I visited Rome prepared for the sight of more police and soldiers, but I hadn't anticipated how this extra security would change my experience of the city
During this summer I was fortunate enough to have spent a few days in Rome.
It had been some years since I last went and so most of the four days were spent in the oppressive August heat trudging around many of the well-known sights and reacquainting myself with this wonderful city.
In the weeks before my departure the news was filled with the terrorist attacks in France and the growing threat of ISIS. I was also well aware that these threats extended specifically towards Vatican City and the Holy Father.
With this in mind I was expecting increased security, especially around St Peter’s and other major places of pilgrimage and tourism.
I had also read that the Italian government had committed extra troops and military resources to increase security around sensitive locations such as the French Embassy and the Pantheon.
So I went prepared for the sight of more police, soldiers and additional queues. However, what I did not anticipate was the way that this additional presence would change the feel of the Rome and my experience of this city.
Rather than providing a reassuring feeling of security, the sight of men with guns and armoured vehicles actually created a sense of oppression to rival the August temperature. It certainly demonstrated that the Italian authorities are worried or want to show to the world that they mean business.
This level of commitment on behalf of the Italian army has been sustained since the 2015 Paris attacks when an additional 700 troops were stationed in the city.
One local newspaper I read while we were in Rome claimed that this number was soon to be increased more than 1000.
I still enjoyed Rome immensely, but it seems that for the foreseeable future the experience of pilgrimage to the Eternal City will be slightly changed and to some extent tainted.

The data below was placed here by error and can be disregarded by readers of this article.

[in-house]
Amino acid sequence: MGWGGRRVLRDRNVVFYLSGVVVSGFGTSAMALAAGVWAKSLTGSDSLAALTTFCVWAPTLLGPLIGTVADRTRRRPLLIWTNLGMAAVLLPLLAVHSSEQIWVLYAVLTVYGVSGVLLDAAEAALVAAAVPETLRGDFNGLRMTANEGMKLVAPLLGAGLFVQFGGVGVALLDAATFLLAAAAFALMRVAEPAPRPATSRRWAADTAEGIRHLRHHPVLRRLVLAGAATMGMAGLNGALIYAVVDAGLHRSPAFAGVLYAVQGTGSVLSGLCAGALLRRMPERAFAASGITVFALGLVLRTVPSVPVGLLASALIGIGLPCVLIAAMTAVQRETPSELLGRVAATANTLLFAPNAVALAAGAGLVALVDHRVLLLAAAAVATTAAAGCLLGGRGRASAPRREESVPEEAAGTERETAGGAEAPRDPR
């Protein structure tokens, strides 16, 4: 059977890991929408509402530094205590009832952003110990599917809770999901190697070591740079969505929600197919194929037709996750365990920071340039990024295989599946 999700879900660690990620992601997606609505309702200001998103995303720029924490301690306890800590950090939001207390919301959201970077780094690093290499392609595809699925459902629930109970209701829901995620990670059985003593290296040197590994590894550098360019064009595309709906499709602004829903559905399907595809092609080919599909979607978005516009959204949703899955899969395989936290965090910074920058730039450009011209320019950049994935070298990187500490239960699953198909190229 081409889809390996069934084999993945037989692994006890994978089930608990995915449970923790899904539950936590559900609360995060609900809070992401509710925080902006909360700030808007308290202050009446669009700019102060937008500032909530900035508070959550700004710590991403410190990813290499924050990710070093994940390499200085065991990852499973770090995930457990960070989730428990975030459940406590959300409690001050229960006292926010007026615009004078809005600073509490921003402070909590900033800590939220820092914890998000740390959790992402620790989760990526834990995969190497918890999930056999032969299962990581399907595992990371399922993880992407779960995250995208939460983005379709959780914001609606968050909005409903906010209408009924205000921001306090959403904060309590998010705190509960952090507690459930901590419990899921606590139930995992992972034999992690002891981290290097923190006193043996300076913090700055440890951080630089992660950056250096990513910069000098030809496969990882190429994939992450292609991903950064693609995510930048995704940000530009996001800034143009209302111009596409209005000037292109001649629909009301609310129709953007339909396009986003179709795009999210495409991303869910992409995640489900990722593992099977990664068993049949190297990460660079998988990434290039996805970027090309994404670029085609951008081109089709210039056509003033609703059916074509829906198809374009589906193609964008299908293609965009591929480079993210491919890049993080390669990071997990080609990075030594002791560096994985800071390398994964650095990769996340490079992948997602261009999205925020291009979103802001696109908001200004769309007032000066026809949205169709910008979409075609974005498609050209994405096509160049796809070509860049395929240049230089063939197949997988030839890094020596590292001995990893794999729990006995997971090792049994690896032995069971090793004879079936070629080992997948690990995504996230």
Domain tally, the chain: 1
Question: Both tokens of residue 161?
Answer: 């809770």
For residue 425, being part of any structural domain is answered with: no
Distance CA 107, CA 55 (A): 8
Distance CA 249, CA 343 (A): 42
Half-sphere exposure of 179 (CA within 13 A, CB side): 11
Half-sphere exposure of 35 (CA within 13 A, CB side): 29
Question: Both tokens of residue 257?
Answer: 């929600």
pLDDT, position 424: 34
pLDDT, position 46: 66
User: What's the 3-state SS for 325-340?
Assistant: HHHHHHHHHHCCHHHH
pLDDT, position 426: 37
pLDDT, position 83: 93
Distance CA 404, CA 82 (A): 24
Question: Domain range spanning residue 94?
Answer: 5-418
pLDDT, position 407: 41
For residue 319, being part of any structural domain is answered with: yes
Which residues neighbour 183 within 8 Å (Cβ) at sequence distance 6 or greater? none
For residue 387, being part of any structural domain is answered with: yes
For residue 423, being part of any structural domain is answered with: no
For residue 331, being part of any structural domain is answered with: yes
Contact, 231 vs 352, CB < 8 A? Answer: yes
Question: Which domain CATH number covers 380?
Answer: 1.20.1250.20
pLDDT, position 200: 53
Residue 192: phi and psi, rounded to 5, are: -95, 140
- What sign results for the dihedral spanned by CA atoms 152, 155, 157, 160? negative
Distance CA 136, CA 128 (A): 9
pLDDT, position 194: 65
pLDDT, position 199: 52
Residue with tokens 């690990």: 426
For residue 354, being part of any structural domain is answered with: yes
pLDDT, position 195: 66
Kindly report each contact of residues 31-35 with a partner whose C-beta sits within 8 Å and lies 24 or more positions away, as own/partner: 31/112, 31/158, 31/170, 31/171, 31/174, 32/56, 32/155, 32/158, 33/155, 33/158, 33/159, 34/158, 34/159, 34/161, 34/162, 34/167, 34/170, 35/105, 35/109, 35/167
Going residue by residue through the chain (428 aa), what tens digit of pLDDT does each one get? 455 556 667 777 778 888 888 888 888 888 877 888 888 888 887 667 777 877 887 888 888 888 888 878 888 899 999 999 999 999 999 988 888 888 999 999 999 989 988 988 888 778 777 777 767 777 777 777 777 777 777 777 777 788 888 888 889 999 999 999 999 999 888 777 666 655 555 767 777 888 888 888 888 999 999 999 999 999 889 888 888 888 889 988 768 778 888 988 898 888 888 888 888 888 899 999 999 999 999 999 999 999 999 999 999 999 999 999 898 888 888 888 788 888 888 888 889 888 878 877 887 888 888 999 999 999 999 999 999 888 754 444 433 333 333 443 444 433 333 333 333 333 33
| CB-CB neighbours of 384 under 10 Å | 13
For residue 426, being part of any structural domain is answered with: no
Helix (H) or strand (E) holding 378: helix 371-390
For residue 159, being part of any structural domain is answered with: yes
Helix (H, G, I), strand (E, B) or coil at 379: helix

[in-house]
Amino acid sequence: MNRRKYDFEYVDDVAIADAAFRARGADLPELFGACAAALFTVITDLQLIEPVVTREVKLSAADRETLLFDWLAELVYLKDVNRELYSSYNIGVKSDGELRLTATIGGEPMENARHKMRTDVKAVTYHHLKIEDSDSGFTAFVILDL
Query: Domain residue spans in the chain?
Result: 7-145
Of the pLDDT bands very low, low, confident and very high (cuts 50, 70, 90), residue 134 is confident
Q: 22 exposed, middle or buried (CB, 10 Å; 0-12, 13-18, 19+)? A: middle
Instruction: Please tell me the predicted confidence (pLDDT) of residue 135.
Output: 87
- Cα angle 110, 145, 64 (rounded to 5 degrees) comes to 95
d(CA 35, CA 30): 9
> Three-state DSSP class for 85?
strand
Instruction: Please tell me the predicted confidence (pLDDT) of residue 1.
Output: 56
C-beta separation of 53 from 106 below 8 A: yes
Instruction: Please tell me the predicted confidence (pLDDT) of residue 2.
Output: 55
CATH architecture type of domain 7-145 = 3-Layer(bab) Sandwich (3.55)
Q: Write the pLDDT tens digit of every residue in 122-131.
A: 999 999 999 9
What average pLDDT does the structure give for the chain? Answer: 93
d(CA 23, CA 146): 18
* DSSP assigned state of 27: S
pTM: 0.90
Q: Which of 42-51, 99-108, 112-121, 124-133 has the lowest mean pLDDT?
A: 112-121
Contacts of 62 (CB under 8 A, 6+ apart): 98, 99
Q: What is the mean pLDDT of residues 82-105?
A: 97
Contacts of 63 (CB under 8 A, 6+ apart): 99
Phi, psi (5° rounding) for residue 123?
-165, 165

I recognise that such security may be necessary, but this did not stop me wishing that it were less conspicuous. I am slightly worried that the effect of this additional security on visitors is exactly what the terrorists aim to achieve – a world that feels less safe and secure.
A few days after my trip to Rome, I spent a week on holiday in Bergerac in south west France with my family.
We were there during the Assumption and following on from Rome, and the news of extra security in Lourdes, I expected that there maybe an additional police presence around some of the Jour férié celebrations, even in this remote backwater of France.
On the evening of the Assumption we joined in with a beautifully atmospheric candlelight procession hosted by the Famille Missionnaire de Notre-Dame. This was very much an occasion for young families and there was a real vibrancy and joy.
Several hundred people took part and yet there was not even the slightest hint of a police presence. We were privileged to take part in such a gentle, happy and devotional celebration.
Afterwards some of the local people commented that the procession was much better attended that in recent years and it was reassuring that the participants had not been deterred by recent events.
This evening, low key compared to the wonder of Rome, reassured me that for many of the faithful of this part of the Dordogne it was business and usual.
As Catholics we have a real responsibility to continue to proclaim and live out our faith and, like this candlelight procession, become lights of hope in the darkness.
Now is not the time to retreat into the safety of our own communities. The gentle visibility of our faith is more important than ever.